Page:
The Pinochet Regime

The Cuban Way: Capitalism, Communism, and Confrontation

Ana Julia Jatar-Hausmann

Combining historical narrative, statistics, and stories of survival behaviors in everyday life, Ana Jatar-Hausmann offers an analysis of economic policies and trends in socialist Cuba at the end of the twentieth century. Her work, incorporating the results of personal interviews with government officials, academics, and average citizens, uniquely illustrates the complexities and dilemmas of a    More >

The Cuban Way: Capitalism, Communism, and Confrontation

Cuba: The Contours of Change

Susan Kaufman Purcell and David J. Rothkopf, editors

Though few observers dispute that change is coming to Cuba, there is a notable lack of consensus regarding the pace and direction of that change. The authors of this collection offer a range of views on the growing political and economic challenges facing the Castro regime, how those challenges will be met, and Cuba's prospects for a peaceful transition to democracy. The book also includes two    More >

Cuba: The Contours of Change

Recycling Dictators in Latin American Elections: Legacies of Military Rule

Brett J. Kyle

What explains the presence—and the surprising performance—of former authoritarian-regime officials in Latin American presidential elections? To answer that question, Brett J. Kyle examines the experiences of twelve countries that transitioned from military to civilian government in the Third Wave of democratization. His persuasive analysis, incorporating case studies of Chile,    More >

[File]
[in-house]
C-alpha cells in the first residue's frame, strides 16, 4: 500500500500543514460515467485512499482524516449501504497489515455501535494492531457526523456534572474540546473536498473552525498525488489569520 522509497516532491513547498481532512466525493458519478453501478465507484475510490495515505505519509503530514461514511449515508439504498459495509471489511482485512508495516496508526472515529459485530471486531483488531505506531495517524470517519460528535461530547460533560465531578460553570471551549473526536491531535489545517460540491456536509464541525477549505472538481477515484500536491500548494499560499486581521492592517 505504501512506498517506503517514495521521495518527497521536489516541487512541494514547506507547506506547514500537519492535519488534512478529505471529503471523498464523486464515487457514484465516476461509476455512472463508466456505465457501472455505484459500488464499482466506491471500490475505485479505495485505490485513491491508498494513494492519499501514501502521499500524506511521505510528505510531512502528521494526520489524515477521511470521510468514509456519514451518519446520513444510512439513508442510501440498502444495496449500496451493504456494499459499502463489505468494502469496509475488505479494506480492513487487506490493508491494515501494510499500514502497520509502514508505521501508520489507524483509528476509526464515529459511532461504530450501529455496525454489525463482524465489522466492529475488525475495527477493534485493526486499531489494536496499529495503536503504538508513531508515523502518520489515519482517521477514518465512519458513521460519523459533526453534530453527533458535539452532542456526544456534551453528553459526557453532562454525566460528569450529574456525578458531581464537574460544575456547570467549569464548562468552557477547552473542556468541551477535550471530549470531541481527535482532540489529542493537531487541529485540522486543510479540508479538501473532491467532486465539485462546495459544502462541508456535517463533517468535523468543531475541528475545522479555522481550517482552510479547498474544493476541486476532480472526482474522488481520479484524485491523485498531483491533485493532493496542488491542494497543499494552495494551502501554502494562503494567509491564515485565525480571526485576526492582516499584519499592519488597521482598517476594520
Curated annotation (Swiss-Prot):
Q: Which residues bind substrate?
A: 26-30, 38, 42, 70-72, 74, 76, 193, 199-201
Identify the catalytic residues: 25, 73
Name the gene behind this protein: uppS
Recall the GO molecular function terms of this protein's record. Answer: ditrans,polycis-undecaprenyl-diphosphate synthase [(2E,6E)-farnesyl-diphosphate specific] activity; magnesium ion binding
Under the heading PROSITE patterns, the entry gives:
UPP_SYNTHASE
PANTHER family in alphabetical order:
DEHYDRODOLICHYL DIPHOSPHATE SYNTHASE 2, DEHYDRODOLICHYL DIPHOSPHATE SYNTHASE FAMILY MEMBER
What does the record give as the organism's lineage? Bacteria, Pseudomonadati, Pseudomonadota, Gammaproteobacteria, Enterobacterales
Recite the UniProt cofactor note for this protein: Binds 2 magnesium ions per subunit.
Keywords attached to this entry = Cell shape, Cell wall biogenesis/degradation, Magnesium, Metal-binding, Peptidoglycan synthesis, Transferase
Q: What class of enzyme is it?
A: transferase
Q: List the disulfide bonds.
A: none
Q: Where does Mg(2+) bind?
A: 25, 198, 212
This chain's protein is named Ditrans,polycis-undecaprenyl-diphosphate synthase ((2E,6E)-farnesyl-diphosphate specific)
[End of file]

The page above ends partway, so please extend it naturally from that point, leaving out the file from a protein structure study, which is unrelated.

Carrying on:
Recycling Dictators in Latin American Elections: Legacies of Military Rule

Politics, Religion, and Society in Latin America

Daniel H. Levine

Long assumed to be an unchanging and unquestioned bulwark of established power and privilege, religion in Latin America has diversified and flourished, while taking on new social and political roles in more open societies. How did this change occur? Why did churches in the region embrace new ideas about rights, sponsor social movements, and become advocates for democracy? Are further changes on    More >

Politics, Religion, and Society in Latin America

The Quality of Democracy in Latin America

Daniel H. Levine and José E. Molina, editors

In considering the nature and future prospects of the current wave of democracies in Latin America, analysis has shifted from a concern with regime change, transitions, and consolidation to a focus on the quality of these democracies. To what extent, for example, do citizens participate and influence decisionmaking? Are elections free and fair? Are there ways of ensuring government    More >